Blog

HANGER TALK

April 10, 2020

The crew was super busy this past winter with our fleet of aircraft in the maintenance facility. Our planes come out of the water in mid October and each airplane spends a good month in the hanger. There is an extreme amount of time that goes into making sure those airplanes that you fly in at Nestor Falls Fly In Outposts are in tip top shape because each plane flies about 300 to 350 hours every summer. Our aircraft must be inspected annually for corrosion in areas of the aircraft which normally can’t be inspected visually. These very stringent maintenance practices set by Transport Canada to ensure that we maintain an enviable level of dispatch reliability. There are many extended hours put into each airplane, along with new costly parts. We always strive to provide you with the best float plane experience, and the constant upkeep of maintenance of our airplanes is number one priority.We would like to thank our maintenance team for a great job they do keeping us flying safe in the busy months.

Here’s a little bit of trivia for you..

There were only 1,657 Beaver’s built. The De Havilland Beaver has a rich history around the world.  August 16th, 1947 marked the maiden flight of what would be known as the DHC-2 Beaver aircraft.  Our Beaver C-FMDB is serial # 268 and was built in 1952. The Beaver has a 450 hp. Pratt & Whitney engine.  It had been flown by the U.S. military and did some civil work in Sweden before returning back to Canada through Iceland & Greenland. 808 Beavers are still in operation.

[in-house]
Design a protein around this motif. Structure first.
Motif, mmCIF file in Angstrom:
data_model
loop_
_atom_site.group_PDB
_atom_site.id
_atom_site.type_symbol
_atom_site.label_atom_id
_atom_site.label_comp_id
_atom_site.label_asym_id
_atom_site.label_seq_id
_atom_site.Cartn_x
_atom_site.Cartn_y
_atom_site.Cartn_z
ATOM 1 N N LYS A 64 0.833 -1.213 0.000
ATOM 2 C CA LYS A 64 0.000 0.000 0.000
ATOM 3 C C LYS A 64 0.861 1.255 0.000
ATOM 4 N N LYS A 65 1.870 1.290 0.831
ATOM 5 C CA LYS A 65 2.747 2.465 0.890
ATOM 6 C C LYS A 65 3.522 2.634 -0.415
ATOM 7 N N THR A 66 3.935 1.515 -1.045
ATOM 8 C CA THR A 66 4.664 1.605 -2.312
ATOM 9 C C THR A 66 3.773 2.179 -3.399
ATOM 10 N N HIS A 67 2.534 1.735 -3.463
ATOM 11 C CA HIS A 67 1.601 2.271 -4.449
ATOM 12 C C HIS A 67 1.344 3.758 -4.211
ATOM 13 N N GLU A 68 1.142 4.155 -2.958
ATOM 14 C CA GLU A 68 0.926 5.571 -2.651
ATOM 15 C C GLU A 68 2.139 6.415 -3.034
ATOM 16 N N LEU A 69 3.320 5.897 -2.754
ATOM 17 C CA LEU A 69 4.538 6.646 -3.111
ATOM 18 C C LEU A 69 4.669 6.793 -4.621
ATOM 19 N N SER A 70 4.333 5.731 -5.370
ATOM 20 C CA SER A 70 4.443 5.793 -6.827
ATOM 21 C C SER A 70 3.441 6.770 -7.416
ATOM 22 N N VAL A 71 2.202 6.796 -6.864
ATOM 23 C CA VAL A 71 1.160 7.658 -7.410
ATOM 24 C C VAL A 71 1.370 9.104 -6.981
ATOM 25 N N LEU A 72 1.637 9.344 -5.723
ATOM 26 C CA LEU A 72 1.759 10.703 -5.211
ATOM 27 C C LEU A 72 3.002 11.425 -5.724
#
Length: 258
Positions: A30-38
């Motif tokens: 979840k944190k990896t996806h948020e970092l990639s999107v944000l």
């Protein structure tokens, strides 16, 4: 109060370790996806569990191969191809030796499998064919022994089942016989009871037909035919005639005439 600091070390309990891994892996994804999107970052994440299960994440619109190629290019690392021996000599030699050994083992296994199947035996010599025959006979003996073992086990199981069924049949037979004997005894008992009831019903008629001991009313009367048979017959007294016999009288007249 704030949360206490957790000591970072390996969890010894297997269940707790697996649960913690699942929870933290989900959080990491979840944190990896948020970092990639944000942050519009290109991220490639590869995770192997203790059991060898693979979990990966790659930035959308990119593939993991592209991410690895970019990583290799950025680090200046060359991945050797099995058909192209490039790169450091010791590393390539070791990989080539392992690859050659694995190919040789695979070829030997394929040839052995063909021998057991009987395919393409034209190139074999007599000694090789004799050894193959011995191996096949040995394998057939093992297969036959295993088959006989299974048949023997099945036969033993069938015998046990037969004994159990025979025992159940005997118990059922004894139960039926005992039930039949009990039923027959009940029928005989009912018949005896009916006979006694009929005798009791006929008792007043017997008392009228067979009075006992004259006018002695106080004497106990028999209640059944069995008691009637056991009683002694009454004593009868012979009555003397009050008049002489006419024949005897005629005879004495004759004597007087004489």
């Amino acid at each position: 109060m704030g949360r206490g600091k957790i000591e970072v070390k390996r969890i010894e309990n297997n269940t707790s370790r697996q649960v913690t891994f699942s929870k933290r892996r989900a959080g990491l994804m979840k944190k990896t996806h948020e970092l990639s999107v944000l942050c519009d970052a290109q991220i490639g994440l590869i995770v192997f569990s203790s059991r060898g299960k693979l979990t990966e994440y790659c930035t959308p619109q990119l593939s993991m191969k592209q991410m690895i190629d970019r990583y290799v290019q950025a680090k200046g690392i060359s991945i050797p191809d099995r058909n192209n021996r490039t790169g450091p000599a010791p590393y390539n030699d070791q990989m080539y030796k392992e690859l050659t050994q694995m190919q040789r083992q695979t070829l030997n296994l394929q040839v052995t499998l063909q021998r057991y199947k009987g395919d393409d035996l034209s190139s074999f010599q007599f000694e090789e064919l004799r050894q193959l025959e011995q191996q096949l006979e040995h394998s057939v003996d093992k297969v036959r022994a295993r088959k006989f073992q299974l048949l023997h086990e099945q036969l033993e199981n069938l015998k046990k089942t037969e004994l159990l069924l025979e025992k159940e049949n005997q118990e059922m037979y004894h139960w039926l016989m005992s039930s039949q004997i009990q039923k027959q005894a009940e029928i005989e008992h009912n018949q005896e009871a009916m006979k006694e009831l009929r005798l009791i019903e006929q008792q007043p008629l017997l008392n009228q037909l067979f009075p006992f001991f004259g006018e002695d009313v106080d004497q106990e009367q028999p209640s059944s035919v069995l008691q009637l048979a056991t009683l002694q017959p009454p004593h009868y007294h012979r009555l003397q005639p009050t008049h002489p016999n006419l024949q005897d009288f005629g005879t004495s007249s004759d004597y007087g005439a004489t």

There were only 460 DeHavilland DHC-3 Otters built. The rugged single-engined, high-wing, propeller-driven DHC-3 Otter was conceived in January 1951 by de Havilland Canada as a larger, more powerful version of its highly successful DHC2 Beaver.  We are lucky enough to own two. Our first Otter came from India. A Canadian company from Regina bought 14 Otters from the Indian government. C-FSOR was built in 1957 and is Serial # 239. In 2005 we did a Garett Turbine conversion. Giving the bush flying a new look. Our second Otter C-FODK is serial #13 and was built in 1952. It was the first Ontario Ministry of Natural Resources Otter. The spring of 2008 we did a Garett Turbine conversion as well. The Otter and Beaver are no longer in production.There are about 165 Turbo Otters still flying, mostly in Canada and Alaska.

We also have a 1972 Cessna 185, a 1978 206 with a I0-550 & a 1991 Supercub.

Escape to the Wilderness

Dave, Michelle, & Jon

 


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